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Reverse pull-ups with a narrow grip are one of the common variations of this exercise. Depending on the grip and the amplitude of the movement, you can focus the load on the upper back and arms. This exercise will help improve the appearance of the muscles of the upper body, increase muscle mass and strength, and also make your back more flexible and strong.
In this article, we will show you how performing pull-ups by a narrow grip, how to properly do them, and what kind of exercises you can replace them with.
What muscles work during the exercise?
By doing pull-ups with a narrow grip, you load the rhomboid and trapezius muscles of the back, the rear deltas, biceps and forearms. A narrow grip makes the muscles of the back work harder, along with the upper arms.
By pulling up with a narrow straight grip, you are most heavily loading the arms, especially the forearms and brachialis. The widest back muscles are also built up with this method. If you want to build more muscle mass in your back, it is best to perform pull-ups with a wide grip and exercises with additional equipment.
Traditionally, pull-ups are divided into 2 main types depending on the grip – the reverse and the straight. Let’s figure out how to do pull-ups with a narrow grip in both variations.
The pull-ups on the crossbar by the reverse narrow grip are performed as follows:
- Hang on the bar, turning the knuckles of your fists away from yourself. Use the closed grip for greater reliability, the thumb should grab the crossbar from below – this will reduce the load on the ligaments. The distance between the hands is about 15 cm. The back is completely straight, making a slight deflection in the thoracic region. A narrow grip combined with relaxed forearms and biceps gives too much strain on the wrists.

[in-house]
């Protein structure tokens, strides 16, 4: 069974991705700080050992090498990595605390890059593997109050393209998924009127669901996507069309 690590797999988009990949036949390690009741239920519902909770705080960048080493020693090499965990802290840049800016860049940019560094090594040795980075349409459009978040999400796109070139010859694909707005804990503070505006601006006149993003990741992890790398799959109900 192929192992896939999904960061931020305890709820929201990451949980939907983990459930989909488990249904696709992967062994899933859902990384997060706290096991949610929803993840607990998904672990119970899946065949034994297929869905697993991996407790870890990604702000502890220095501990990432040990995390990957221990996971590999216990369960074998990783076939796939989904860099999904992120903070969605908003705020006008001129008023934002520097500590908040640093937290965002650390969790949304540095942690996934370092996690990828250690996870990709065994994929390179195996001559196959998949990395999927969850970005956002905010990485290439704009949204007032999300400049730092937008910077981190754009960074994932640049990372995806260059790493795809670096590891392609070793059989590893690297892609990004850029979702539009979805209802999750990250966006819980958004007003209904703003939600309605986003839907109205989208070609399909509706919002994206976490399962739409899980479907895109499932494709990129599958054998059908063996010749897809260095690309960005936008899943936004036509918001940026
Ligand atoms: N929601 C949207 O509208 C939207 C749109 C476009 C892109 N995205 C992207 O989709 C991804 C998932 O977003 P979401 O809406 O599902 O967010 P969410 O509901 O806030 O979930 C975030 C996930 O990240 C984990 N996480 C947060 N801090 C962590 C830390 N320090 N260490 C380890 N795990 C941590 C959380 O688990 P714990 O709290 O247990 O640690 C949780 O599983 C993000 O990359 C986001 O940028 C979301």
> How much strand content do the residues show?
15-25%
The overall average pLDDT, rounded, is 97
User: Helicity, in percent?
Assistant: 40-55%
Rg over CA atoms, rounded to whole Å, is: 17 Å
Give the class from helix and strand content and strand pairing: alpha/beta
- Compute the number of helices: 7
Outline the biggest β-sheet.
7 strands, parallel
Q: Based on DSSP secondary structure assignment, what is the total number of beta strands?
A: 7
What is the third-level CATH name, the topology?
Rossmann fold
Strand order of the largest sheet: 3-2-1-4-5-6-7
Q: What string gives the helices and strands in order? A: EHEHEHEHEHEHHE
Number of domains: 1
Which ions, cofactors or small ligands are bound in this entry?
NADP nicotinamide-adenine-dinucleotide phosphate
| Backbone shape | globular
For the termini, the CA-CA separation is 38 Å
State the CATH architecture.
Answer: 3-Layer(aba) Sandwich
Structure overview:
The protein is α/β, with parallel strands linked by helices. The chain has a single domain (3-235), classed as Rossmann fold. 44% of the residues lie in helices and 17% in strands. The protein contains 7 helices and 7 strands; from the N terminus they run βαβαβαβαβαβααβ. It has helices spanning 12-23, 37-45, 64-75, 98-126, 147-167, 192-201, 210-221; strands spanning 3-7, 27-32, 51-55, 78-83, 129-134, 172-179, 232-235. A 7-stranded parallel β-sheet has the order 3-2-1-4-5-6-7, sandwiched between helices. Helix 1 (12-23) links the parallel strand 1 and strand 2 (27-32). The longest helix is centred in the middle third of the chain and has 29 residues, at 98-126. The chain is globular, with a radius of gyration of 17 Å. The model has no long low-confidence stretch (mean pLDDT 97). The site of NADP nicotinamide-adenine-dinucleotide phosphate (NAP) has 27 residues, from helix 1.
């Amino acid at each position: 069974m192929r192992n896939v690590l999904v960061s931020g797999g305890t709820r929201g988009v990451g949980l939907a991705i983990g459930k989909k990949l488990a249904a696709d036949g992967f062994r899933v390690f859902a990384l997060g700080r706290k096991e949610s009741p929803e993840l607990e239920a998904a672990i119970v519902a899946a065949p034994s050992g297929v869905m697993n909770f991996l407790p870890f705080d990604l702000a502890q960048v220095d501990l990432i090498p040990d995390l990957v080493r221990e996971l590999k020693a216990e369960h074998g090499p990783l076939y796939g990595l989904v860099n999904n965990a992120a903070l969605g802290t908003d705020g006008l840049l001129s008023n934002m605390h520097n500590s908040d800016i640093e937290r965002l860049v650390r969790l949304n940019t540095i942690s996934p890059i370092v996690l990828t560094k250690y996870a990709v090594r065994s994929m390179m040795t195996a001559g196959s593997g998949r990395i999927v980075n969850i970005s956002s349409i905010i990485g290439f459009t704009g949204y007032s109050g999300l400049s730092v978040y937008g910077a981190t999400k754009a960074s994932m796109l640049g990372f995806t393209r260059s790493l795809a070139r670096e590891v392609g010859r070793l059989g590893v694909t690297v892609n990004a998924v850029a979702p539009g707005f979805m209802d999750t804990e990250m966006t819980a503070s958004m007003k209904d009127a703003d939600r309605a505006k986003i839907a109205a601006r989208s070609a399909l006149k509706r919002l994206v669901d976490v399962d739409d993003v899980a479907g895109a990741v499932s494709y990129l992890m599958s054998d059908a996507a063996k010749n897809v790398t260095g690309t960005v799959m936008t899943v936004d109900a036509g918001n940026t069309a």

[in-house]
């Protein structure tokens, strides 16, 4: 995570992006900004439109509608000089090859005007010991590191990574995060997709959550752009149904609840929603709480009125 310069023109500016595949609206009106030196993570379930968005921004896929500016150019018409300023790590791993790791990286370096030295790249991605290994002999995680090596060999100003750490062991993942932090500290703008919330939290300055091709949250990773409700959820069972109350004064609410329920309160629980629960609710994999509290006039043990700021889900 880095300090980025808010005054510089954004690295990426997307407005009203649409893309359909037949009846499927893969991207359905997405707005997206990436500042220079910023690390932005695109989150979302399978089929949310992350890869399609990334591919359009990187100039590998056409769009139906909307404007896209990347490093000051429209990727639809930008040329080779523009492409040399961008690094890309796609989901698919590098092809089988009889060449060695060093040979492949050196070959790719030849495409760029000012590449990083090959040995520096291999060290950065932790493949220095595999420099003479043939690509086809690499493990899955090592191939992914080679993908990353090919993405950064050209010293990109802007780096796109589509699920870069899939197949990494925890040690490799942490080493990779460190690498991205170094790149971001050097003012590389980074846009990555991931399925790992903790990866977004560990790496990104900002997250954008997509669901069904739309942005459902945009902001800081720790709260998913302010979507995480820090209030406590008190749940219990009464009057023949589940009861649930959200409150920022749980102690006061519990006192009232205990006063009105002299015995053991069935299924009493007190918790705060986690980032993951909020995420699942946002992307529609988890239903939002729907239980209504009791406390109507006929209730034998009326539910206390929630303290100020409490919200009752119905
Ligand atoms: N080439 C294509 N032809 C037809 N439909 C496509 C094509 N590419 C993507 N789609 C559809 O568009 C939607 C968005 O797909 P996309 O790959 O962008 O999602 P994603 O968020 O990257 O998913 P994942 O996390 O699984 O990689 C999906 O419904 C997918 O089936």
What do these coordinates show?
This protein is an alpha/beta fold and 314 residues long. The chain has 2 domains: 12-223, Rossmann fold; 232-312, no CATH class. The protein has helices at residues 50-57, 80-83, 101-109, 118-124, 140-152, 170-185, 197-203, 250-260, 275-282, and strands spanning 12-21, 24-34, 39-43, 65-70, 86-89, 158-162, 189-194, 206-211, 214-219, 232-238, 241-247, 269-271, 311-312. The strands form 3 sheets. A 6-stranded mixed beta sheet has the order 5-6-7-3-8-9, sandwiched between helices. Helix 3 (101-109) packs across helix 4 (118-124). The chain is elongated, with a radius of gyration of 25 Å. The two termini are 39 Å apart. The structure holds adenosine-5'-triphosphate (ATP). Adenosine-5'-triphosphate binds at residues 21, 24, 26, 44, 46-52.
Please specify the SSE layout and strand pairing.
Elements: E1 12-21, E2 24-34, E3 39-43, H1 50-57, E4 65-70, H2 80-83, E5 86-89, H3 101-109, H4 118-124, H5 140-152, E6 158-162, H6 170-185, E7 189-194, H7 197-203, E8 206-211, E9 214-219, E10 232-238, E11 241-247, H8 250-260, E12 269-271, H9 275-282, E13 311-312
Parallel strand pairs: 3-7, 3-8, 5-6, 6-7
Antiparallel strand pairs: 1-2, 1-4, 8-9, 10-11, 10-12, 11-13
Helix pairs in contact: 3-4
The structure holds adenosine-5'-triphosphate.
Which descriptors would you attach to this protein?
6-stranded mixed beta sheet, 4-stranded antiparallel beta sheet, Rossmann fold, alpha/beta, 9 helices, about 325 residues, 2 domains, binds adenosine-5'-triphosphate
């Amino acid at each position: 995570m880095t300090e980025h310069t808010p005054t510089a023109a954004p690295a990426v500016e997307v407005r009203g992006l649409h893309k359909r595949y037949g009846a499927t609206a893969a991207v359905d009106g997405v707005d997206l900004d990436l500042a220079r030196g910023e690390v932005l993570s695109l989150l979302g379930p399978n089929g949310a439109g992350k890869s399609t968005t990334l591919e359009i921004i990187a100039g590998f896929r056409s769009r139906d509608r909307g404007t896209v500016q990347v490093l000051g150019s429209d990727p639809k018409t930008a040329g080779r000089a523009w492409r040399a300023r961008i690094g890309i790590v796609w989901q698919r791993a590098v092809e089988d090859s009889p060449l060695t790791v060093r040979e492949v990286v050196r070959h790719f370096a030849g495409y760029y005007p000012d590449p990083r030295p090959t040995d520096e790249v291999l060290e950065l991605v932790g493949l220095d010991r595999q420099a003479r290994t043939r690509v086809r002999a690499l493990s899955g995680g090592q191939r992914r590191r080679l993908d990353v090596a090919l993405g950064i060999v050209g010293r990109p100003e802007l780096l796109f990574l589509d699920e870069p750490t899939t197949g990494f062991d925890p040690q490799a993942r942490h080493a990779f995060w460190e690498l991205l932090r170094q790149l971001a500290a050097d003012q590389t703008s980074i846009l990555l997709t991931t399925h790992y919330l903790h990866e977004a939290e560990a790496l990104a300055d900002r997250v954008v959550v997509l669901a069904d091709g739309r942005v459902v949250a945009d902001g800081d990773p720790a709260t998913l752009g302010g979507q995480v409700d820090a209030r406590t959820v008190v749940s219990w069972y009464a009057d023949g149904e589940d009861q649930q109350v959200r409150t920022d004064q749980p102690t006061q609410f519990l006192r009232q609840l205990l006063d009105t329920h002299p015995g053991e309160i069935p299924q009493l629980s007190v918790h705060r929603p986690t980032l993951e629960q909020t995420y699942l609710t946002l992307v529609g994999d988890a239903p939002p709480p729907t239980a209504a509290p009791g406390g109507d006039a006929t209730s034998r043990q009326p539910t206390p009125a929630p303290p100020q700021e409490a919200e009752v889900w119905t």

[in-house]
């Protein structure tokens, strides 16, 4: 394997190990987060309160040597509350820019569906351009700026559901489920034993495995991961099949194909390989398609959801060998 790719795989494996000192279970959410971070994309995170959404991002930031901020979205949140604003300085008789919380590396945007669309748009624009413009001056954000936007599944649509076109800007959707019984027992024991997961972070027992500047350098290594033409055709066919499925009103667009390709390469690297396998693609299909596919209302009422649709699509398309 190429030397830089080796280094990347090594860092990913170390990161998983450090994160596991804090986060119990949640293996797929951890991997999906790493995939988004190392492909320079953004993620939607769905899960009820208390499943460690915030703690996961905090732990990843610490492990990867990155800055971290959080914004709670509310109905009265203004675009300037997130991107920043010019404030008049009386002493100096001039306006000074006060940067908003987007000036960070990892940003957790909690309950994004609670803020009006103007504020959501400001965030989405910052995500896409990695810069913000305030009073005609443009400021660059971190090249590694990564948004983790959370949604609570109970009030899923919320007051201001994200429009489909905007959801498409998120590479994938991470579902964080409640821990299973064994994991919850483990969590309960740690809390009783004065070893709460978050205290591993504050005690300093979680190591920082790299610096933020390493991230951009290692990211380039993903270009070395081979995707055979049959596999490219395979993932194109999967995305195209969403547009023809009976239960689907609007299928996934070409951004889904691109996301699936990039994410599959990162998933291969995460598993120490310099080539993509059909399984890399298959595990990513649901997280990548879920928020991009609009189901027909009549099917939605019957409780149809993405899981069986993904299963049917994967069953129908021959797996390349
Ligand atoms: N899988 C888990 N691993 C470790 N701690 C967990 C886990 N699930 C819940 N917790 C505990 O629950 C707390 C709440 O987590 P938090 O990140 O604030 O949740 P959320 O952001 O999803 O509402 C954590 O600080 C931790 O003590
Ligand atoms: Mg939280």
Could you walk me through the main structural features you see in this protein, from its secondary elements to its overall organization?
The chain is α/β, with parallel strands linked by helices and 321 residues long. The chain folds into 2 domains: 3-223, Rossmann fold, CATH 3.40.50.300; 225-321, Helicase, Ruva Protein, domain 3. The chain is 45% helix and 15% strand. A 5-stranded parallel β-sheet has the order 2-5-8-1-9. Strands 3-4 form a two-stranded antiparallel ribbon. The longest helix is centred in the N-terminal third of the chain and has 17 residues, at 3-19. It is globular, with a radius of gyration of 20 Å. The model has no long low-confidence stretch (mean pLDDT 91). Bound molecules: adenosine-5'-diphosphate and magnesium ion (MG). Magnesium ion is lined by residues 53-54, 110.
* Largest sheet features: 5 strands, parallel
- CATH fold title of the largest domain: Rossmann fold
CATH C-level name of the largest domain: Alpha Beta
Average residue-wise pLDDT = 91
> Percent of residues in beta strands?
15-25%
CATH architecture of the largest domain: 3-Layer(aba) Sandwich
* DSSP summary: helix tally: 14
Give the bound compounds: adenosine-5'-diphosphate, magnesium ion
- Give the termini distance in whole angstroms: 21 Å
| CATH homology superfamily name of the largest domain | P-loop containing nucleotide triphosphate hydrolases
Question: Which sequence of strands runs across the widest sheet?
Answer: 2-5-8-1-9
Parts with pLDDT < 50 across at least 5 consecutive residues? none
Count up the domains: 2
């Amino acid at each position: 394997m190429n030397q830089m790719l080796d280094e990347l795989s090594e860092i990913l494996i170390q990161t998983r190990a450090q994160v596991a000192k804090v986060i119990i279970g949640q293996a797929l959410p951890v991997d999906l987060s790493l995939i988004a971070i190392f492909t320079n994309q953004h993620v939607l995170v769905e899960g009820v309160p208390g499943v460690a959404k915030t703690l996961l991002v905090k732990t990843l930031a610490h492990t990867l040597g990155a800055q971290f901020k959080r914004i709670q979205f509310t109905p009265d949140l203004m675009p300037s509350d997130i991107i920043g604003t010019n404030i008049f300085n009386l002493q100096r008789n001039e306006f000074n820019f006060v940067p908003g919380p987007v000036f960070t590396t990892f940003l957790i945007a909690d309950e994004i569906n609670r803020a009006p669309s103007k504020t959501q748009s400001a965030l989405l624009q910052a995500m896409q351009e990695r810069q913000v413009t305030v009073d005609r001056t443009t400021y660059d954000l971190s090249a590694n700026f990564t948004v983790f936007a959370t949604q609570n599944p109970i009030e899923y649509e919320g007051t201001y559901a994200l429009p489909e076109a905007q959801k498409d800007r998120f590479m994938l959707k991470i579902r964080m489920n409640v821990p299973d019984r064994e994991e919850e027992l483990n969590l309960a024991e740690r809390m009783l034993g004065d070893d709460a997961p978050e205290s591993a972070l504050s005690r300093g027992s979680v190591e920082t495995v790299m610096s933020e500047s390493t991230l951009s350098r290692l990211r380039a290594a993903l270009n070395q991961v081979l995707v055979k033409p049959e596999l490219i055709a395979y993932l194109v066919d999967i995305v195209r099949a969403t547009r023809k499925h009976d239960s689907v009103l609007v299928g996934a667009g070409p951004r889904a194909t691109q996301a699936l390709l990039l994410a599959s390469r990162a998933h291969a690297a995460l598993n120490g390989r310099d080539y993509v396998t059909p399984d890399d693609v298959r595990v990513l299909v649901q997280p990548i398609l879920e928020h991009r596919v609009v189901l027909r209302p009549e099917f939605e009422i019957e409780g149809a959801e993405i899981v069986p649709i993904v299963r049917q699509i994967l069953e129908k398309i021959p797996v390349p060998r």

- When exhaling, start pulling the body up. Hands must move along the body. Try to pass the first 60% of the amplitude only through the work of the back muscles and only then include the biceps in the work – so the productivity of this exercise will only grow. Continue upward until the chin is flush with the bar.
- You do not need to pause at the top. Gradually sink down, taking a breath. Fully straighten out and perform one more repetition.
Pulling on the crossbar with a straight narrow grip is performed as follows:
- Hang on the crossbar and place the hands with the knuckles up. The back is straight, the view is forward or slightly upward. You can use both open and closed grip.
- When exhaling, pull up. When lifting the hand, you should spread it slightly to the sides, and not press it against the body – so you will get more repetitions in one approach. Try as much as possible to squeeze the crossbar in your hands to maximize the load of the forearms and brachialis.
- Go down and stretch your arms.
How can you replace pull-ups with a narrow grip?
Pulling on the bar with a narrow grip is an excellent exercise for the back and arms, but many athletes find it simply uncomfortable. First of all, this applies to athletes with a large body weight. It creates too much strain on the joints and ligaments of the shoulders, elbows and wrists, there is discomfort and pain.
If you are experiencing a similar problem, itt is best to replace it with the pull of the vertical block to the chest. Almost every gym has a short handle, so you can completely simulate movement using both a straight and a back grip. In this way, it is much easier to concentrate on the work of the necessary muscle groups, and also there is no axial load on the spine.
Also a good alternative to this exercise is a pullover with a dumbbell or on a vertical block. Pullovers also perfectly stretch the back muscles and do not involve other muscle groups.